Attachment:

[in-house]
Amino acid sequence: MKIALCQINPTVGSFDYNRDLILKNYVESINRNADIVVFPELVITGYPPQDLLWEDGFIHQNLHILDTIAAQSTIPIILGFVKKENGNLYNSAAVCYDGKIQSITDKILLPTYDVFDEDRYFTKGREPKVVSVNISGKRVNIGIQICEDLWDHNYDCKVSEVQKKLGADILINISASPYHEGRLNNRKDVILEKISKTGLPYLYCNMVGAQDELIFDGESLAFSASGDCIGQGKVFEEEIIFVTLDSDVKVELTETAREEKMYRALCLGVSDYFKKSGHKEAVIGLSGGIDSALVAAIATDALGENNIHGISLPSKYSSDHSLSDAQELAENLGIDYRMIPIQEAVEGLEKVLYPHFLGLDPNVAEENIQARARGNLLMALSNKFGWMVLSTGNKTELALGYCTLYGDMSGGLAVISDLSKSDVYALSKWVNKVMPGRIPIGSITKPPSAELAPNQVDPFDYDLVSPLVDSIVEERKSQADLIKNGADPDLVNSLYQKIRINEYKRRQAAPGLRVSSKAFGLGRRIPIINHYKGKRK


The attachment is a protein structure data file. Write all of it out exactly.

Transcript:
[in-house]
Amino acid sequence: MKIALCQINPTVGSFDYNRDLILKNYVESINRNADIVVFPELVITGYPPQDLLWEDGFIHQNLHILDTIAAQSTIPIILGFVKKENGNLYNSAAVCYDGKIQSITDKILLPTYDVFDEDRYFTKGREPKVVSVNISGKRVNIGIQICEDLWDHNYDCKVSEVQKKLGADILINISASPYHEGRLNNRKDVILEKISKTGLPYLYCNMVGAQDELIFDGESLAFSASGDCIGQGKVFEEEIIFVTLDSDVKVELTETAREEKMYRALCLGVSDYFKKSGHKEAVIGLSGGIDSALVAAIATDALGENNIHGISLPSKYSSDHSLSDAQELAENLGIDYRMIPIQEAVEGLEKVLYPHFLGLDPNVAEENIQARARGNLLMALSNKFGWMVLSTGNKTELALGYCTLYGDMSGGLAVISDLSKSDVYALSKWVNKVMPGRIPIGSITKPPSAELAPNQVDPFDYDLVSPLVDSIVEERKSQADLIKNGADPDLVNSLYQKIRINEYKRRQAAPGLRVSSKAFGLGRRIPIINHYKGKRK